The death-trap that is public service.

Do you remember that kid at school whose mother came in to give the class a 10-minute lecture on how we shouldn’t tease them These kids grew up to join the public service and, statistically, are much wealthier than you. I have to preface this piece by saying that I worked in the public service for three months. On the back of being laid off on a twenty dollar an hour graduate job (with no paid overtime), I easily got a cushy forty dollar per hour ‘full time’ (meaning a maximum of 35 hours per week) job in the public service. I got substantially more pay for doing substantially less work. For the first few weeks I reclined my chair at my cubicle, grinning at the thought of how much better this was than at a job who didn’t appreciate my merits.


After the honeymoon period, I found myself increasingly worn-down by this goldmine. It was like the official moniker something-something-officer, compulsory lanyard and constant flurry of politically correct clap-trap was weighing me down. The obligatory team meetings which involved some higher up public servant droning on about something or another or about the new team motto being the age of inclusivity, often took up a full hour from the strict 7.5 hour days, but it felt as if it were 15 hours because of how little work was actually done.


The reason I became so swiftly disenfranchised with the job, despite the obvious financial benefits was twofold:


1) No matter how hard or how little I worked, I would get the same pay; and

2) I want my children to learn that hard work pays off and little work results poorly.


I could not reconcile these two facts.


Public service is becoming fatter and fatter


The statistics used below are from the Australian Bureau of Statistics, and are taken from raw data. It is interesting that much is published on public service pay, whereas very little is published about average national pay (consider why this might be). Unfortunately there are gaps in the statistics available, however, the following are some interesting facts:


1) The average public service salary is 24% higher than the average salary:


2) Public service mean salary increases 3.54% per year over the past 12 years.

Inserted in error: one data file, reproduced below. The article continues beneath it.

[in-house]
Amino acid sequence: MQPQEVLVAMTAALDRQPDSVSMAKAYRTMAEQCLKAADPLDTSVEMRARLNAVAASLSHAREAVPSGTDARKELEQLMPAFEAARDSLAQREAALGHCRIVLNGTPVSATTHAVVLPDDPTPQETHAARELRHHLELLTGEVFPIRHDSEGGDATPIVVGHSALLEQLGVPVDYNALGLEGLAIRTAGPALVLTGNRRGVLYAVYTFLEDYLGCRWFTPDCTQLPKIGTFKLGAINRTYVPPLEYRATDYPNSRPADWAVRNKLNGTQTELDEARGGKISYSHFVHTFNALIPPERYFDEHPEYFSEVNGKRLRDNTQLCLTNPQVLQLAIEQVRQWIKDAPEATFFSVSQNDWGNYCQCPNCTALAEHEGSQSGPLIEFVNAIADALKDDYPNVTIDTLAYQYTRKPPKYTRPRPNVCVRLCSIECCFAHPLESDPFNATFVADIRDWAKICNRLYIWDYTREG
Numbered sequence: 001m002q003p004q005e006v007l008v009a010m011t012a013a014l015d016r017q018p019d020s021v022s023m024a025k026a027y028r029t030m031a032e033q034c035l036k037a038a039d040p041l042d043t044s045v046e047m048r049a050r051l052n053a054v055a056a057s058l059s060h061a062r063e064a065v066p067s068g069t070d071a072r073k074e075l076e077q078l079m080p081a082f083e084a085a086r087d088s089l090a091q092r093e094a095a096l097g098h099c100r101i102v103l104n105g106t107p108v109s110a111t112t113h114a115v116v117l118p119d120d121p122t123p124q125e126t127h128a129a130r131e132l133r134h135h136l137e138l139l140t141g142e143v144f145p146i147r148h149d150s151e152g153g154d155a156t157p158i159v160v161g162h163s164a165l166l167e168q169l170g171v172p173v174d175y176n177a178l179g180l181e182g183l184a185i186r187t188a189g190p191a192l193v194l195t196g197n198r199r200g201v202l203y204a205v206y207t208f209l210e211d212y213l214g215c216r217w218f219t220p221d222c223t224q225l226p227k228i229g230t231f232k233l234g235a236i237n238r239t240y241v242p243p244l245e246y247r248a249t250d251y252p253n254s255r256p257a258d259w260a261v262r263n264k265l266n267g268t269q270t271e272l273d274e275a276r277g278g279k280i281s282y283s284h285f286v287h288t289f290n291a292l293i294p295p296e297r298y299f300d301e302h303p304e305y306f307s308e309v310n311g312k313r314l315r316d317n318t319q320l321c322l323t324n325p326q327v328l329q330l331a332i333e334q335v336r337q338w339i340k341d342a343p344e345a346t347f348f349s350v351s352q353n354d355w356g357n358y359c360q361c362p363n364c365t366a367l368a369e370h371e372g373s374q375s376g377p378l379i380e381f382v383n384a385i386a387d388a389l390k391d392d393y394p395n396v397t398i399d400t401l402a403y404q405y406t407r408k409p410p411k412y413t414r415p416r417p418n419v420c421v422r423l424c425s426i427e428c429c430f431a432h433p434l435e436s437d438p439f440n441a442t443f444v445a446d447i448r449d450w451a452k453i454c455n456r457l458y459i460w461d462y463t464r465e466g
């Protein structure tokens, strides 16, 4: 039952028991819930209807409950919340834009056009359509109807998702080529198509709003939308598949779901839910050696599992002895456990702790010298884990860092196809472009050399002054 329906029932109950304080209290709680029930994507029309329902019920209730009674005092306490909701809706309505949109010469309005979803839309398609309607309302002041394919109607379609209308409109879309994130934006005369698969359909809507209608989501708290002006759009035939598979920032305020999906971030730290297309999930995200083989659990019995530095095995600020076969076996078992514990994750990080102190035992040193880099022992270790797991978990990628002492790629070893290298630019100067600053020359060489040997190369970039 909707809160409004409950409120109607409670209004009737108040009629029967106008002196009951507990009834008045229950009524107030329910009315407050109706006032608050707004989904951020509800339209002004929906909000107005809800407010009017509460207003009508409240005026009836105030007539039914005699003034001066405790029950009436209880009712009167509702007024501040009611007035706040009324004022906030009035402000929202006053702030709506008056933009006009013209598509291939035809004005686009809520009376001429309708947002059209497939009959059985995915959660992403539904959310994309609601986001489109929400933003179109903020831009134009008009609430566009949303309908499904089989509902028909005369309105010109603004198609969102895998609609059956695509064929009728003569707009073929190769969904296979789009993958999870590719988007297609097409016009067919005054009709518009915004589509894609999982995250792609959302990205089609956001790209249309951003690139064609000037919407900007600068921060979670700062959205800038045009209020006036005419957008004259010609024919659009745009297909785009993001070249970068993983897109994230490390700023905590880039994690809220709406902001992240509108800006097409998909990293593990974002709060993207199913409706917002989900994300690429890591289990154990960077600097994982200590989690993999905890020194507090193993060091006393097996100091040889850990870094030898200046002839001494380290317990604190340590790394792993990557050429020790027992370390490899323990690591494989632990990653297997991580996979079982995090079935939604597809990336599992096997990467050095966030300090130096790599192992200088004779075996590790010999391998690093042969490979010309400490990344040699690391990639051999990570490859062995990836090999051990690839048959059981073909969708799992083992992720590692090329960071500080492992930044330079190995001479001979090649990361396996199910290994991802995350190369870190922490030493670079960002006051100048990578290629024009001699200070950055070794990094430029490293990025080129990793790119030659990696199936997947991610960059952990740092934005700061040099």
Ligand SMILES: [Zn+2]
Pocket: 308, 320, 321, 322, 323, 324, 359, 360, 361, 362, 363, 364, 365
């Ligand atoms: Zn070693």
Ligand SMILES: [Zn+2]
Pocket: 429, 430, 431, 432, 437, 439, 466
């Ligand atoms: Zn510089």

3) National mean salary rose an average of 1.96% per year from 2015-2019.

What we can extrapolate from these statistics is that Public Service employees are receiving generous pay increases, at the same time that the workers who fund their salaries are not even keeping up with inflation. At the time of writing this piece, I am tolerating a flurry of news articles where my state government is giving $3000 payments to health workers, public servants are striking for pay increase, and where public servants have been ‘overworked’ during the pandemic.


To be clear, I am not suggesting that it hasn’t been a strenuous time for health workers over the past two years. What I am stating is that our public servants haven’t suffered more than their private sector counterparts, and in fact based on the above statistics they have suffered less.


Undoing a lazy culture


I recall when I was younger hearing some of my elderly relatives speak about dole bludgers. I asked my parents what this meant, and they explained that it was a low-brow pejorative used to described unemployed people. From this conversation, I carried with me the idea that it was a unfruitful act to ridicule those receiving government payments (whether that is welfare, pension or public service pay).

Unfortunately, I think our culture has shifted too far in the opposite direction from my elderly relatives’ perspective where not nearly enough scrutiny is placed on those who rely on government payments. Having started my graduate career in private businesses (consistently working 50 hours plus weeks) I was well aware that I could work far less, in an unskilled public service job for much more pay. Most of my university peers (in my field) took public service jobs, and I watched as they became much more financially stable than I was.


Notwithstanding my brief dabble into public service, the philosophical reason why I could never be a public servant for a living is a primordial one. I need to teach my children how to take care of themselves, thus I must be able to take care of myself.


Phrases like a cushy public service job, flexi-time, working from home arrangements, 15% government super should arouse derision from those who have to pay for it. For someone to receive 24% above average salary for less work, they need to move mountains to justify this.


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